Why mobile security is the most critical initiative today

Today our lives are inextricably tied to our mobile devices. We use them just like mini-computers, handling sensitive personal and work-related matters throughout the day. This trend is concerning because mobile devices were not designed with security in mind and are now arguably the biggest threat to both consumer and enterprise security.

Just like we have seen with the evolution of computer threats, cybercriminals are catching onto the new opportunities mobile presents. This past year, we have witnessed a dramatic spike in mobile-first cyberattacks like social media and SMS phishing, malicious apps and even robocalls. These attacks are also only going to increase with the bring your own device workplace.

Why mobile security is the most critical initiative today? Read on..

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Reliance Jio data breached by website, company says it is ‘unauthentic’

A website has claimed to have posted subscriber data of Reliance Jio customers, including email IDs, names and Aadhaar numbers, on the website magicapk.com. While it couldn’t be confirmed whether the data related to all of Jio’s 120 million subscribers was uploaded, queries made through the website for some older numbers returned with information of all the fields.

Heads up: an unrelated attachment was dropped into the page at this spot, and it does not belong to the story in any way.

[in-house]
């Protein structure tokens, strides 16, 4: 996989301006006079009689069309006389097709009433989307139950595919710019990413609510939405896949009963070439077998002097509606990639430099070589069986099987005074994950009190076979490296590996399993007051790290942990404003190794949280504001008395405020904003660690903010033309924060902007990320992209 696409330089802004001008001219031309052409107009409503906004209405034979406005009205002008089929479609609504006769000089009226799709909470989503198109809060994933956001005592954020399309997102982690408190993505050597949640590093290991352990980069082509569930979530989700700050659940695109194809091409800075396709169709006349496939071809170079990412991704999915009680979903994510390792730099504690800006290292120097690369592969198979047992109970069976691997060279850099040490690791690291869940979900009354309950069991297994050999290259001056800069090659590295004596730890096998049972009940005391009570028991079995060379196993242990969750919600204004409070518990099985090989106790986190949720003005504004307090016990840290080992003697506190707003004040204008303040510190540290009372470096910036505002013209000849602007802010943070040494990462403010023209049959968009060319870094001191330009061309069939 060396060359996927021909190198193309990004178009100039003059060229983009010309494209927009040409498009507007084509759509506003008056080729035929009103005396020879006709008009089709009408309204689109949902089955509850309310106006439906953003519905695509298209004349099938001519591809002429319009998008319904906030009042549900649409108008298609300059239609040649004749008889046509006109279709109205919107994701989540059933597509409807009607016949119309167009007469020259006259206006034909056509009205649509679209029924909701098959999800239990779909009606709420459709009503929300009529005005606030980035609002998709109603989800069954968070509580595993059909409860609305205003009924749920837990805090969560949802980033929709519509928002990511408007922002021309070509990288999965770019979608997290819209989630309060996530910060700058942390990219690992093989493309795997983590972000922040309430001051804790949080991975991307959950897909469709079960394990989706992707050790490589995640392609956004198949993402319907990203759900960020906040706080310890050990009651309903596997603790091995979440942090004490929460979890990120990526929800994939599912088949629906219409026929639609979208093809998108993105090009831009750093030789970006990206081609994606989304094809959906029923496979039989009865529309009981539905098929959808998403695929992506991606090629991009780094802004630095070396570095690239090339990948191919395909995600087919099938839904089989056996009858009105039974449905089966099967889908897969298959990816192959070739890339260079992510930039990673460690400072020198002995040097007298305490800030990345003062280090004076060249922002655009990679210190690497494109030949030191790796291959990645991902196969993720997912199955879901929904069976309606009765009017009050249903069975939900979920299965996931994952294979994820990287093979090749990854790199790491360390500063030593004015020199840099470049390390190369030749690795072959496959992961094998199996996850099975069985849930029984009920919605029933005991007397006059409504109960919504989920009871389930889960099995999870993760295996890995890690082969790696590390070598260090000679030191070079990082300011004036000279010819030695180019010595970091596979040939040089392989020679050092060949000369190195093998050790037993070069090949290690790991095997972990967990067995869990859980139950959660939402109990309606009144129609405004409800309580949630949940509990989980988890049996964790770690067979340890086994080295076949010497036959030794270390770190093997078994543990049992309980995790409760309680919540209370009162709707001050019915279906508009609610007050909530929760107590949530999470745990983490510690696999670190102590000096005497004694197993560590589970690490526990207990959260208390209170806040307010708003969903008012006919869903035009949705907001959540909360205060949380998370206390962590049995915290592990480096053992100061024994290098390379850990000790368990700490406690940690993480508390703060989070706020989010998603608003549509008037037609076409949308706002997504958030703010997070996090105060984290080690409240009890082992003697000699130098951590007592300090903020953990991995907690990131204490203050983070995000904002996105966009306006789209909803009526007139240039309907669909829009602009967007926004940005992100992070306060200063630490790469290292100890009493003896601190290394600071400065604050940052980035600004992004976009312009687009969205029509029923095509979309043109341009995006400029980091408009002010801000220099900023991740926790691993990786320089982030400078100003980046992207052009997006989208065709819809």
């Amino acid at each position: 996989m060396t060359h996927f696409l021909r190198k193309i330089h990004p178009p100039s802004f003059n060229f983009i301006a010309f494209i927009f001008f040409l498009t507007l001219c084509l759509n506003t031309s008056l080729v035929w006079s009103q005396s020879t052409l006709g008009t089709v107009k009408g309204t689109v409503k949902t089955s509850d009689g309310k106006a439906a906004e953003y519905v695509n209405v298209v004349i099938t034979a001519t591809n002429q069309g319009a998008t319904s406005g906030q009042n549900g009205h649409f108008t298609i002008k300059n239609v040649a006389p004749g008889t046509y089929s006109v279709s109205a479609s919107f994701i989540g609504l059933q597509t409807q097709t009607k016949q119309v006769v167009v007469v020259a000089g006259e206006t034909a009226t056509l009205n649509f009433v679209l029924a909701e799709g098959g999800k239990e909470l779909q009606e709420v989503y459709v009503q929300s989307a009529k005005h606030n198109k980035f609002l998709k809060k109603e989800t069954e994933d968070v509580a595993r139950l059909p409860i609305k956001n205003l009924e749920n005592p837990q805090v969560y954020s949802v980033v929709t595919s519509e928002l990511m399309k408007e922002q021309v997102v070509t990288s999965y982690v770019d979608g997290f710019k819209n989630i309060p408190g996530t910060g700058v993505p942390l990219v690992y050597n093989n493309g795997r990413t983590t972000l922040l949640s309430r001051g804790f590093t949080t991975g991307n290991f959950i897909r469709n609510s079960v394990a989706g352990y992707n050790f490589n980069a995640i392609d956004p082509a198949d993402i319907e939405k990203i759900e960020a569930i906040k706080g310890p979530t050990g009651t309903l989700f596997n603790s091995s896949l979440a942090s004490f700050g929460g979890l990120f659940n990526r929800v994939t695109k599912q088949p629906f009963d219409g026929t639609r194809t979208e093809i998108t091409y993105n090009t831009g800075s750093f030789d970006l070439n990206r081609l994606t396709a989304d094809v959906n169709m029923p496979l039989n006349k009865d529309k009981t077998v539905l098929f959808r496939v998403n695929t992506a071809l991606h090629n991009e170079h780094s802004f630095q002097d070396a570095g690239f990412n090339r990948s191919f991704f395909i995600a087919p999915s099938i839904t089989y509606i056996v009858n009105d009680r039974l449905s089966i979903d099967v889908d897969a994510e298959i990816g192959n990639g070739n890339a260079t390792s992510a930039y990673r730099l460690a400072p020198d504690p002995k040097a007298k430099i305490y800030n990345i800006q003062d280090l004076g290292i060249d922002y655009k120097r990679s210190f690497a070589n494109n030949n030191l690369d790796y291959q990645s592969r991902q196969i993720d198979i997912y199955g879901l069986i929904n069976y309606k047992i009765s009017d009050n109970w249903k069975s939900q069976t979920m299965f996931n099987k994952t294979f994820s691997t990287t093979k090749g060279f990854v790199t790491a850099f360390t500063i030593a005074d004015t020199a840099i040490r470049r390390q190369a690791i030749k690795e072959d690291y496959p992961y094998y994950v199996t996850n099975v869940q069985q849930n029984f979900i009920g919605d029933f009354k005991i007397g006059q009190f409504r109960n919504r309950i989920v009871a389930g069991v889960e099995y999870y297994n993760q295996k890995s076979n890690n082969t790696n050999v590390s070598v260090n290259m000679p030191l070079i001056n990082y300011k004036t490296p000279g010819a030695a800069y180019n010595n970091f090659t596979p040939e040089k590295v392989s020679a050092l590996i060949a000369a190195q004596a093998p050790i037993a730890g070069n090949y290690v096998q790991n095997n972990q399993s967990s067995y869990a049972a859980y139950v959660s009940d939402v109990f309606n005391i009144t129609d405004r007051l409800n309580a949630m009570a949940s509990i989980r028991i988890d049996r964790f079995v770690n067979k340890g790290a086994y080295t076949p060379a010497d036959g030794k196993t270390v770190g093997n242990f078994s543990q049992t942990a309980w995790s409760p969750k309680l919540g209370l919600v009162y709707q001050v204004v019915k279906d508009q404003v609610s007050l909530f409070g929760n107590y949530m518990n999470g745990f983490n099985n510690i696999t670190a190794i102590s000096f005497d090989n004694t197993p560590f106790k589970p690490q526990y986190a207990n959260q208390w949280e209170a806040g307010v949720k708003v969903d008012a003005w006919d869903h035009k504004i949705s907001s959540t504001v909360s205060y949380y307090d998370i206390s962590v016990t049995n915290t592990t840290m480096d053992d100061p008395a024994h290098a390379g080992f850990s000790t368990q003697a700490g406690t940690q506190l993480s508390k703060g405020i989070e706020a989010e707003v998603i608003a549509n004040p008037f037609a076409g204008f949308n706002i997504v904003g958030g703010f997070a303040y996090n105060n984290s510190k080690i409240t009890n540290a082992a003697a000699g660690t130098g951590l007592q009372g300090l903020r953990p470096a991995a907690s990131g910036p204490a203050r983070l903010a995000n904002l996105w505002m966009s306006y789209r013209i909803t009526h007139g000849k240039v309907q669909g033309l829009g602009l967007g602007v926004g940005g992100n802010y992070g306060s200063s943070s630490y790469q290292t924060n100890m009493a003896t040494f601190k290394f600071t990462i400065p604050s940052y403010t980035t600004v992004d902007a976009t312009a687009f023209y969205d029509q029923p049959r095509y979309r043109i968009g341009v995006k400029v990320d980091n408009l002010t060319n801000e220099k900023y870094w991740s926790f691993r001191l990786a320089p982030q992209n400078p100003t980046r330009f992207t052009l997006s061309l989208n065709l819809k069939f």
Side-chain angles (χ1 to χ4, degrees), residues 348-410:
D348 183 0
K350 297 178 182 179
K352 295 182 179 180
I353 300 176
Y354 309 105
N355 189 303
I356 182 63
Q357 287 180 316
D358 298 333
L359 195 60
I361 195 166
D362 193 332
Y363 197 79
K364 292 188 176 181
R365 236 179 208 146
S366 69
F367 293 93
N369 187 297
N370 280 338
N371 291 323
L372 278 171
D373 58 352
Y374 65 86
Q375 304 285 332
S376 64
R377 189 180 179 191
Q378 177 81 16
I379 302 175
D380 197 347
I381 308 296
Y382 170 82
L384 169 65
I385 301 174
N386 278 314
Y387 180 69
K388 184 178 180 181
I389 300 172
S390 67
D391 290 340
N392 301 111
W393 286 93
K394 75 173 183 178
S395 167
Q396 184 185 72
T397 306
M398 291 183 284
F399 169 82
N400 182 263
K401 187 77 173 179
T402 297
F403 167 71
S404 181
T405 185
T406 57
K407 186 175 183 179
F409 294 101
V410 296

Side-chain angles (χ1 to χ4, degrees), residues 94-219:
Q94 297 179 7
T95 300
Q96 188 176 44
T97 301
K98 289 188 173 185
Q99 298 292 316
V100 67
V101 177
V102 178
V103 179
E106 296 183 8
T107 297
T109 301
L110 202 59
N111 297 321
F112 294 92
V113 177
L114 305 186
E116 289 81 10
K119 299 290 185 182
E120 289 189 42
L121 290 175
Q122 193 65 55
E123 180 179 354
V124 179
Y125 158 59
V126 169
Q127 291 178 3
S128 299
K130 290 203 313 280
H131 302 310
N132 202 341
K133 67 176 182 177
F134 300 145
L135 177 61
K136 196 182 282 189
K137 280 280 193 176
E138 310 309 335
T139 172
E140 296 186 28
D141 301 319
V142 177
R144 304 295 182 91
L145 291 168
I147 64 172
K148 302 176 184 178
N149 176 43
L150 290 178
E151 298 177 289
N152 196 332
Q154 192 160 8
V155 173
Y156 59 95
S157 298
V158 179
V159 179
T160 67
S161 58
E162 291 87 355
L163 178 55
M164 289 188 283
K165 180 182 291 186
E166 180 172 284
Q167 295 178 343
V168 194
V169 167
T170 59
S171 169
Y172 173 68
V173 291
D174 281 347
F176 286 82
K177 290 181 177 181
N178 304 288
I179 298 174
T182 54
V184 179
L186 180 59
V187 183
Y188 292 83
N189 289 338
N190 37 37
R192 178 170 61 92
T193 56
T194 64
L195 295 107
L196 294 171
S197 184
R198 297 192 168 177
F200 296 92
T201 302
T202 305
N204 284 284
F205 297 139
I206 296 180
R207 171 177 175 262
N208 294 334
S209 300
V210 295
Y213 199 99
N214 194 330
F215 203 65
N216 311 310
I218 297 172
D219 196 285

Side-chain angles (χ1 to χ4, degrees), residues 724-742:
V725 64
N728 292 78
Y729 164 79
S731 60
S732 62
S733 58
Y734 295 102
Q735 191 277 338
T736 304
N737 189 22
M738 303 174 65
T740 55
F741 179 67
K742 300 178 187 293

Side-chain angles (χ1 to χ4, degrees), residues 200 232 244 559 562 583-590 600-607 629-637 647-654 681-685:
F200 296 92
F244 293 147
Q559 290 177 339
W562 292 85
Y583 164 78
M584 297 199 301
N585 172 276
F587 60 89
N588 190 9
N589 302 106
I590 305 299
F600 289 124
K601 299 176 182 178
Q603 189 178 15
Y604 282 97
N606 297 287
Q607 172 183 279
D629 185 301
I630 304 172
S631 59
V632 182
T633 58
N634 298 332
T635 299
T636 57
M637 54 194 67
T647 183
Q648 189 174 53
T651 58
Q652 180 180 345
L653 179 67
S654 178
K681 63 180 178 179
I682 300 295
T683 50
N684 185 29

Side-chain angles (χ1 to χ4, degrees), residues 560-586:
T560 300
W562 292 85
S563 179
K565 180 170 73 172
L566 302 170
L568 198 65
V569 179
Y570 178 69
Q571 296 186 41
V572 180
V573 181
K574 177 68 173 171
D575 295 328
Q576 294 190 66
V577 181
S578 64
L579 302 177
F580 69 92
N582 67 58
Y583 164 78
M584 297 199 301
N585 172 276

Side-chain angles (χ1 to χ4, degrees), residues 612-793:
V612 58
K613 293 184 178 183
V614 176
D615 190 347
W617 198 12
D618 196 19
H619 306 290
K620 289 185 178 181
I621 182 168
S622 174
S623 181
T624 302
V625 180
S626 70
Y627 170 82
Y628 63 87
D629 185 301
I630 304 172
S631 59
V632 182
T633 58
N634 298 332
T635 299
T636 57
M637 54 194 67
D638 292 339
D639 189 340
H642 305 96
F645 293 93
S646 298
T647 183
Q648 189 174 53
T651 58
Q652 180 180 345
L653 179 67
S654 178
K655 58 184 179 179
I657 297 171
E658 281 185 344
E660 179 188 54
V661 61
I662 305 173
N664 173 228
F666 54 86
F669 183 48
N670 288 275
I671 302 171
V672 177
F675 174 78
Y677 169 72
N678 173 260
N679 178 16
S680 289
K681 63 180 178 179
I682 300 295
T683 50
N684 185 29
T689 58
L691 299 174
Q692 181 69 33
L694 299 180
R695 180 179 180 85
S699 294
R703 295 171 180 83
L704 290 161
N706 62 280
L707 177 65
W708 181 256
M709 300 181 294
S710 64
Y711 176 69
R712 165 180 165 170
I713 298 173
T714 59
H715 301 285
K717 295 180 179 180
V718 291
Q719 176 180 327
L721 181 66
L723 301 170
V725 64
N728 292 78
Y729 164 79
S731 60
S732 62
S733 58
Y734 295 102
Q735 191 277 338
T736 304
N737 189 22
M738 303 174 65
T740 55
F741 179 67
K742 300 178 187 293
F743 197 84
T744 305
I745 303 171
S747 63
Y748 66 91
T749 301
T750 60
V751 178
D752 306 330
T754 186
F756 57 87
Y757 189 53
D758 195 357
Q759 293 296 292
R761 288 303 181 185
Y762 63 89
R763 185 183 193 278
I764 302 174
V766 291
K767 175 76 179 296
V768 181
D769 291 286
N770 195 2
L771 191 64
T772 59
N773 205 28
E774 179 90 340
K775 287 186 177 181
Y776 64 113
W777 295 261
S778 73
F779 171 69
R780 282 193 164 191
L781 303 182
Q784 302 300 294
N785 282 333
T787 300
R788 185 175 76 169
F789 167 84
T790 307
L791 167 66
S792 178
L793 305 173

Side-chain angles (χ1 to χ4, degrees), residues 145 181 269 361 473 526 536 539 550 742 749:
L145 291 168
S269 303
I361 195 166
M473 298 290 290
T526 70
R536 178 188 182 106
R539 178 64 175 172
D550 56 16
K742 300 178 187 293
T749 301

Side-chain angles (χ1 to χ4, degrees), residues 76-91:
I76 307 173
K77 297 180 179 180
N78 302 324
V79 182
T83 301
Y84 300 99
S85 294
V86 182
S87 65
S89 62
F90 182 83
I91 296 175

A website has claimed to have posted subscriber data of Reliance Jio customers, including email IDs, names and Aadhaar numbers, on the website magicapk.com. Hours after the initial reports of the data being posted on the website on Sunday, it was suspended.

Read more on this news.

How To Reduce Your Chances Of Falling Foul Of Ransomware – And How To React If You Do?

The WannaCry ransomware attack took the world by storm last month, successfully claiming 200,000 victims across 150 countries – and with some high-profile casualties, including the NHS. It spread quickly and was highly disruptive – grabbing news headlines across the globe and putting IT security in the spotlight.

Of course, WannaCry was not the first – nor is it likely to be the last, as we have seen with the Petya attack, – a form of ransomware that can be distributed by cyber-criminals. However, this should serve as a warning to organisations that they need to start taking urgent steps to protect themselves against this serious malware.

So, in the aftermath of an attack, what steps should organisations be taking to reduce their risk of falling victim to ransomware? 

Luke Potter, SureCloud’s Cybersecurity Practice Director, looks at what organisations can do to minimise the risk of a falling victim to a ransomware attack – and offers advice on how to respond if you do